University News

UCS surveys work on campus life, curricular improvements

Council also appoints eight students, one alternate to newly created Financial Aid Advisory Board

Staff Writer
Thursday, November 5, 2015

The Undergraduate Council of Students reviewed its progress on the campus life and curricular improvements portion of its strategic plan at its general body meeting Wednesday.

The discussion served as the first of three opportunities for UCS general body members to provide feedback on the council’s work this semester. The UCS Executive Board plans on compiling input from the three sessions in a Fall Semester UCS Accountability Report, which is scheduled for release at the end of the semester, said UCS President Sazzy Gourley ’16.

Over the remainder of the semester, the council will analyze two other areas of its strategic plan: diversity and accountability. The review of diversity inclusion will encompass faculty diversity in relation to the Diversity Action Plan, support for LGBTQ students, socioeconomic barriers to success, financial aid and international student life, Gourley told The Herald. The conversation on accountability will cover Corporation governance, administrative transparency and holding the University responsible for implementing recommendations suggested in reports from the Sexual Assault Task Force and the Mental Health Community Council, he said.

The UCS Academic and Administrative Affairs committee introduced new initiatives in the realm of campus life at Wednesday’s meeting. AAA members met with Dean of the College Maud Mandel to discuss improvements to the Innovate Winter Break project, said committee member Roro Oshobe ’19. The meeting also featured discussion on organizing tracks for certain concentrations that include a fieldwork component, he said.

AAA is also engaged in the process of reforming the Critical Review, a student-run website that offers evaluations of University courses and professors, said AAA member Ebube Chuba ’19. Changing the administration of surveys from hard copy forms to electronic ones will remain a priority for the committee, Chuba said. The idea of the Critical Review being conducted entirely with pen and paper “sounds ridiculous in this century,” he said.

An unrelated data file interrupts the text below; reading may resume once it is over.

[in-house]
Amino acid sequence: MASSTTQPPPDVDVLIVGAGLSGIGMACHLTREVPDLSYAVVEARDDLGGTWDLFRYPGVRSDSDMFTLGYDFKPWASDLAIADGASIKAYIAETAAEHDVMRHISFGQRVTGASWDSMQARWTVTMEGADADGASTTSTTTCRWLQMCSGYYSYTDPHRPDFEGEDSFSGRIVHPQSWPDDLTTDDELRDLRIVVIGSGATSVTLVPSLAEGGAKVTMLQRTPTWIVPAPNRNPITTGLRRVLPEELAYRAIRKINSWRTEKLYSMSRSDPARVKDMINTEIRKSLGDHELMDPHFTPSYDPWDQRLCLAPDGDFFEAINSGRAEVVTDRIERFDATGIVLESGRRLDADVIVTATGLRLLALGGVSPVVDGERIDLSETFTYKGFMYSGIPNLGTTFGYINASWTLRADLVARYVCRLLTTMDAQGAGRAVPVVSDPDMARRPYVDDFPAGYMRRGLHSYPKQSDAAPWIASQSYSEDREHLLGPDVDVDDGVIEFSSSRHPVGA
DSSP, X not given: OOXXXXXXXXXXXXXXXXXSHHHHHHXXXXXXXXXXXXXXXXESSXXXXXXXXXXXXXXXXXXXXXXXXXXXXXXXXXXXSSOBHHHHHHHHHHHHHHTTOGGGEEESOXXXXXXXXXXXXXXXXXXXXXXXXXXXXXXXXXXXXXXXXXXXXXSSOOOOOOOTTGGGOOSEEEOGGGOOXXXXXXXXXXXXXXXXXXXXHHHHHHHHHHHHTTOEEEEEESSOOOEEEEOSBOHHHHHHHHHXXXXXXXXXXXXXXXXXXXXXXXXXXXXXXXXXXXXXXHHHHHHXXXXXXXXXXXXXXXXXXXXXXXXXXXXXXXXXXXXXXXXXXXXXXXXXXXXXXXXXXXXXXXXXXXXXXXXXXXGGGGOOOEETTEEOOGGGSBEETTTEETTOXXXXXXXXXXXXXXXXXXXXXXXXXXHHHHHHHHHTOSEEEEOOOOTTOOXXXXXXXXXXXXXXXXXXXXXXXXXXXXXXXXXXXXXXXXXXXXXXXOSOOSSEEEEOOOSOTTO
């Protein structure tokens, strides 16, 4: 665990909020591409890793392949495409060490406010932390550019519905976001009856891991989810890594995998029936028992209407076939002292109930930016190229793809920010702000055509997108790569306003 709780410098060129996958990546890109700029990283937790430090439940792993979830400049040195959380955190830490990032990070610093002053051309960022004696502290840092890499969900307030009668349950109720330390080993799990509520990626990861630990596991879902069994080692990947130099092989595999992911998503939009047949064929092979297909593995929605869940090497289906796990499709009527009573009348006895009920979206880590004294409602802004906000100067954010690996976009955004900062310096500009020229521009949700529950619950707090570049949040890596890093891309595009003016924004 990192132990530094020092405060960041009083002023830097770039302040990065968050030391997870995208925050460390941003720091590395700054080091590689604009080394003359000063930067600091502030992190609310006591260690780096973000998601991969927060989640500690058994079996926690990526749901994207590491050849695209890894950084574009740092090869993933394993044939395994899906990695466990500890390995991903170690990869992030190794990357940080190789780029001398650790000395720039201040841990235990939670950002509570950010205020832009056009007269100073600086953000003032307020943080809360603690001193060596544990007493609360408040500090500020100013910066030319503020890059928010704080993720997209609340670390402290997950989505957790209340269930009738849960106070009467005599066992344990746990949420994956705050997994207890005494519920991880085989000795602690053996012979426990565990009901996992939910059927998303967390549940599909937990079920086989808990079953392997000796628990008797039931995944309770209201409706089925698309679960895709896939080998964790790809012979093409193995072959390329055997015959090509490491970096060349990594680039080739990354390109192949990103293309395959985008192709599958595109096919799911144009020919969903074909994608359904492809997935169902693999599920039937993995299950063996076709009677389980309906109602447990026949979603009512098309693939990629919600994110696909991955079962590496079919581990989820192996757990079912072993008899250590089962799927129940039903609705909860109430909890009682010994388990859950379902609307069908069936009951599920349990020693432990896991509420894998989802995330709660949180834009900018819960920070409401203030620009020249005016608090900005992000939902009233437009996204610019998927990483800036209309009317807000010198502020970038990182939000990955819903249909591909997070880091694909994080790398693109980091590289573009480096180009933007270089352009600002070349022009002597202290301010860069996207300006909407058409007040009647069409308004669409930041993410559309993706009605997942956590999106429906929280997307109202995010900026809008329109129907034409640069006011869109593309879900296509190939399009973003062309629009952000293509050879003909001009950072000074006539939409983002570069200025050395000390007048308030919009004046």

The council also took time to review its internal structure. UCS general body members filled out an evaluation survey last week, which revealed a consensus that they had contributed to an “action-oriented council focused on tangible outcomes and serious campus issues,” according to a presentation compiled by Gourley. Survey respondents also cited the ability to engage in open dialogue with campus administrators as a strength.

Structural action items going forward included continuing to vary the locations and content of UCS general body meetings, according to the presentation.

The council also approved a resolution appointing candidates to nine University committees. Appointments Chair Molly Naylor-Komyatte ’19 and UCS Chief of Staff Elena Saltzman ’16 oversaw the process of interviewing and vetting candidates.